Ice

Now it’s in the air at night.  True of me:  I love ice.

It does help to be highly resistant to cold, with some sort of insane internal heater that fires up the minute I feel ice in the air, or on my skin.  Sure, I have a fast heart rate and more than my fair share of insulation.  But I don’t think it’s just that I seem to be so resistant.  I’m not immune.  Not many people alive can describe what it feels like to be dying of third-stage hypothermia, and I can.  It almost got me that time and it could again.  So it’s not just the resistance factor.

Rather, it feels spiritual.

Some people feel closest to the divine on a beach with their feet lapped by surf.  Others feel it in deep forests.  Many feel it near lakes, and some out on prairies.  For some, it’s the altitude and the sight of mountain crags.  Perhaps some find it everywhere.  I could easily see feeling spiritual in a nice hot tub.

For me, it is the pitiless slap in the face of a gusty wind when the mercury is in the teens.  It is the muffled calm of a world struck soundless by a foot of fresh powdery snow.  It is ice in my mustache and beard.

It is midnight walks at -5º F, with no one out (and for once, no stray dogs).  It is hauling firewood in periods of sustained cold, bulling the wheelbarrow through the snow and feeding the fire with snow-crusted hunks of pruned apple branches.  It is shoveling snow, feeling it on my flesh, or hacking a path up the cul-de-sac’s packed ice.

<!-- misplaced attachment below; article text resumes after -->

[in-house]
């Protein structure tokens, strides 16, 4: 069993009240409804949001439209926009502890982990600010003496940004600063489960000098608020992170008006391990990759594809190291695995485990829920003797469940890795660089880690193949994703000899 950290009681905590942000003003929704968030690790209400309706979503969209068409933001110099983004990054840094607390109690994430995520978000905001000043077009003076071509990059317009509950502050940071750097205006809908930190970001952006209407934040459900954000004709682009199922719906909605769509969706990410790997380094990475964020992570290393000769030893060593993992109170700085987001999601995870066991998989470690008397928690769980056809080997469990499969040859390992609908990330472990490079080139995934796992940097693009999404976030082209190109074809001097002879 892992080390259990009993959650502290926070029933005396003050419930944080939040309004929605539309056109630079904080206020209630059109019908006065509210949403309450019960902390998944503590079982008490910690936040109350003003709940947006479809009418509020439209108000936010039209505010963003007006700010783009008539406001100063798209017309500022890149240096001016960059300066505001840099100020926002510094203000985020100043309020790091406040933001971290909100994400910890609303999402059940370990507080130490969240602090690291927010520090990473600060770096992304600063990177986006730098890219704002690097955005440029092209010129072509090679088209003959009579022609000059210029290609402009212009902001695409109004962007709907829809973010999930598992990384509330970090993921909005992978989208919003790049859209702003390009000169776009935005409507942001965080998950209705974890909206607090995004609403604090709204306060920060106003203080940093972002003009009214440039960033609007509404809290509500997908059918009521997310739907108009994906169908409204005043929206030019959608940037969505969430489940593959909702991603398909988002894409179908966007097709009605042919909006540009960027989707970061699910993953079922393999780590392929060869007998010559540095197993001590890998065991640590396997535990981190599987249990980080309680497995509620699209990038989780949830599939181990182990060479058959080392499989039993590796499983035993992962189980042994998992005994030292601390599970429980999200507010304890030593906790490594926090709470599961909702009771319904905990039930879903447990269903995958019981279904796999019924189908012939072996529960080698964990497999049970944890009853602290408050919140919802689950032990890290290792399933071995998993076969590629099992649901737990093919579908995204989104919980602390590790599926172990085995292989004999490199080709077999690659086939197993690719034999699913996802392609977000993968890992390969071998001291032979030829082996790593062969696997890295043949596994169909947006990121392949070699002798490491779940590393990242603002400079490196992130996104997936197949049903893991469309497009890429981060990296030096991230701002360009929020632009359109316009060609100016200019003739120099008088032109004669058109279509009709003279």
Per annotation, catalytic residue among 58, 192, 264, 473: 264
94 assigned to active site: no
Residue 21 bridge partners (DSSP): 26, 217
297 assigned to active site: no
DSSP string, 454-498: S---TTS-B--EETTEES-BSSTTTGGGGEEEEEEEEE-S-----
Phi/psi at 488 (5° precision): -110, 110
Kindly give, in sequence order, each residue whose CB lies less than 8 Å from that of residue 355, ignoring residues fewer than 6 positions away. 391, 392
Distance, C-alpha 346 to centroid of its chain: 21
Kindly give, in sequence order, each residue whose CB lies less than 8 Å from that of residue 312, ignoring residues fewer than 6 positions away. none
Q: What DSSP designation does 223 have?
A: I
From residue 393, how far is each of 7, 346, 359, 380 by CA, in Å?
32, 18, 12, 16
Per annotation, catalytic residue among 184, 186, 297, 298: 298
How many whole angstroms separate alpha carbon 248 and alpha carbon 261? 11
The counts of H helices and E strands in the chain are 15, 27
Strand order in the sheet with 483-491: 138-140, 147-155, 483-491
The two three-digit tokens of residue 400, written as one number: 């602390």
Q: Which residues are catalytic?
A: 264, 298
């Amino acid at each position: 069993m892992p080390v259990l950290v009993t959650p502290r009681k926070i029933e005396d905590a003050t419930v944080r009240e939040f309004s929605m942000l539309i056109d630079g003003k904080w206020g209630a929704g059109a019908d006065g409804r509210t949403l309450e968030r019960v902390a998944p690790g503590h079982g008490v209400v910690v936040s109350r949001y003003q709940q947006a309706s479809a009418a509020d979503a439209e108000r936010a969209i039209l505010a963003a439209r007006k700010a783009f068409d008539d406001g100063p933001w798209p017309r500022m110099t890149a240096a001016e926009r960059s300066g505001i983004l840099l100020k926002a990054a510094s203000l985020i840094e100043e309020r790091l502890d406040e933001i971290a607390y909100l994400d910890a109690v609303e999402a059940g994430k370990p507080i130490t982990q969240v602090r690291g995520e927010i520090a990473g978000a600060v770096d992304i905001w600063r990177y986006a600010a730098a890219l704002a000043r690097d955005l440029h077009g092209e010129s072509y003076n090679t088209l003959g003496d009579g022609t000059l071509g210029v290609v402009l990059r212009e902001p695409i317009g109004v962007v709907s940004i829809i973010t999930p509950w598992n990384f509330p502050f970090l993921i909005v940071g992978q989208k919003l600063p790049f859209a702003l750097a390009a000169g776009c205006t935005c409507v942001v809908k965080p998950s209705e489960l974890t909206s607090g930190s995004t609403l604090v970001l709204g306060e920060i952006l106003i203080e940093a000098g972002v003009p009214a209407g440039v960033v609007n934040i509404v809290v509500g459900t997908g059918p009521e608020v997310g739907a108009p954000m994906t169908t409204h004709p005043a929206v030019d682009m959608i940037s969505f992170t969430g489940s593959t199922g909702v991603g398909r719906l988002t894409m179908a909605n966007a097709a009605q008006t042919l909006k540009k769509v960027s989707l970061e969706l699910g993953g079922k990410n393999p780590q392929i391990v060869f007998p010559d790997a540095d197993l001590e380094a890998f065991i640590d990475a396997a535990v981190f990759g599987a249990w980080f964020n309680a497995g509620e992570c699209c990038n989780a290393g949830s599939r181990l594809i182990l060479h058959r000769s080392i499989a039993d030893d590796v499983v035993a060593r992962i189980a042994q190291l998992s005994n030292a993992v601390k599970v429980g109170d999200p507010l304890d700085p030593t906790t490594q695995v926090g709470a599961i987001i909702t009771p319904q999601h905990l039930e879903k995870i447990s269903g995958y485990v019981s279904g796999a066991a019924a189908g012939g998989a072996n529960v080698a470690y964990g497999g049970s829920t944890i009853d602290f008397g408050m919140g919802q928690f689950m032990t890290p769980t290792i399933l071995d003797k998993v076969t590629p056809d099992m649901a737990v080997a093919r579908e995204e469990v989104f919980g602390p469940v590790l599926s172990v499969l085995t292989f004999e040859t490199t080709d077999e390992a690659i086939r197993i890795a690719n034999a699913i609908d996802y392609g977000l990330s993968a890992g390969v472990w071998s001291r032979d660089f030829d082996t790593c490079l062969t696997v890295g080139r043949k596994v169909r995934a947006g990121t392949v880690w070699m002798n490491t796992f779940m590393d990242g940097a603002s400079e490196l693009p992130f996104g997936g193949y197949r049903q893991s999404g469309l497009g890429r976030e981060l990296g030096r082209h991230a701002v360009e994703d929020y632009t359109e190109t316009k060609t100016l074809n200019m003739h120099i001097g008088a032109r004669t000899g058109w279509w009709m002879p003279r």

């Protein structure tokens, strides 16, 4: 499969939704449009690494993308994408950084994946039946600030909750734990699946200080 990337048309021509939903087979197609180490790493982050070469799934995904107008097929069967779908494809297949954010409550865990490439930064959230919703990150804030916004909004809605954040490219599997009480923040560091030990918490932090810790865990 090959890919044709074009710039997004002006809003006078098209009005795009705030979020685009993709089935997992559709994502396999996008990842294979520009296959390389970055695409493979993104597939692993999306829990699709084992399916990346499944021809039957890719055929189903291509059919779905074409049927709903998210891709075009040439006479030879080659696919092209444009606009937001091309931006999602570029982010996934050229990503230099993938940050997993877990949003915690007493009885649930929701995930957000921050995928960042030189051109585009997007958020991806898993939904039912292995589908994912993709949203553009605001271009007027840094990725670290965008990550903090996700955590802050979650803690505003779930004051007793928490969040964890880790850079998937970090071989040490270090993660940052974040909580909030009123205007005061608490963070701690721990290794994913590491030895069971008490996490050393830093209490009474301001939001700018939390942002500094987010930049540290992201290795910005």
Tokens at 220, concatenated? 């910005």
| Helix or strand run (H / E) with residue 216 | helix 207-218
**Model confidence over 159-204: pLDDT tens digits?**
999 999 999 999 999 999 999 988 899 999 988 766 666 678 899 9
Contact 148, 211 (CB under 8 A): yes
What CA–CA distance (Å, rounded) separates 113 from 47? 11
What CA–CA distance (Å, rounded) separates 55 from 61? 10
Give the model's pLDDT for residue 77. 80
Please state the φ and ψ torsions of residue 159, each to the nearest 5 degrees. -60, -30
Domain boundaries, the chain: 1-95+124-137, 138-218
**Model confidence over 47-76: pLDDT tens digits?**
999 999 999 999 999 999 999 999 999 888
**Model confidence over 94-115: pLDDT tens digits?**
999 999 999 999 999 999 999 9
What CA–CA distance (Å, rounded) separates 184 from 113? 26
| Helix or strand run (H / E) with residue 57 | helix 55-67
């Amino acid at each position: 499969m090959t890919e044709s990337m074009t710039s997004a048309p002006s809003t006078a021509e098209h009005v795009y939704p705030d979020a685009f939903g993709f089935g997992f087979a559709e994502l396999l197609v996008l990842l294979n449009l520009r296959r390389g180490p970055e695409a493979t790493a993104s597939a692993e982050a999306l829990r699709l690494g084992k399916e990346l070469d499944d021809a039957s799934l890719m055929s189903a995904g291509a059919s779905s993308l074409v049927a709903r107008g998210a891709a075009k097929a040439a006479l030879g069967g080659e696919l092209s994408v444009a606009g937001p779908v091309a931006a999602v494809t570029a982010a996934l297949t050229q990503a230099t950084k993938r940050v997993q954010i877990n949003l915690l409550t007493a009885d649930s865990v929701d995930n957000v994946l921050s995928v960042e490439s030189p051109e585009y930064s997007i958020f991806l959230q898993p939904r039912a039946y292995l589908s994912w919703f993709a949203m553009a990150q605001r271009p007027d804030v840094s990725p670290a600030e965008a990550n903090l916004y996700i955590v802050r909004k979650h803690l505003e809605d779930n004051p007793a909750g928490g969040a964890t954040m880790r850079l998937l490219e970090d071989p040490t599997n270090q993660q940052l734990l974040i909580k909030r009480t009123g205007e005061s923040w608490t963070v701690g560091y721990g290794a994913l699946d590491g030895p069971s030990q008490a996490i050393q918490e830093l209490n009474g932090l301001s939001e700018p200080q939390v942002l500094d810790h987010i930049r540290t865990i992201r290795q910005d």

It is scraping my wife’s windshield, feeling ice shavings on my wrist.  It is gripping the steering wheel when it feels like a well-cooled beer bottle.  It is chaining up the truck, hypercautious driving, the controlled fishtail turn I must throw in order to climb a 17% cul-de-sac without those chains.

Most of all, it is interdependency, a nearness to others, rare and dear for us natural loners.  It’s making sure Mrs. Anderson’s walk is shoveled and icemelted.  It’s helping push stuck cars, palms on frigid metal.  It’s putting out a little food for the birds, and giving the dogs as much as they want.  It is being gladder to see others.  It has a religious quality, a sense of good cheer and all being in this together.

Perhaps it’s the time when I most feel the gods like me.

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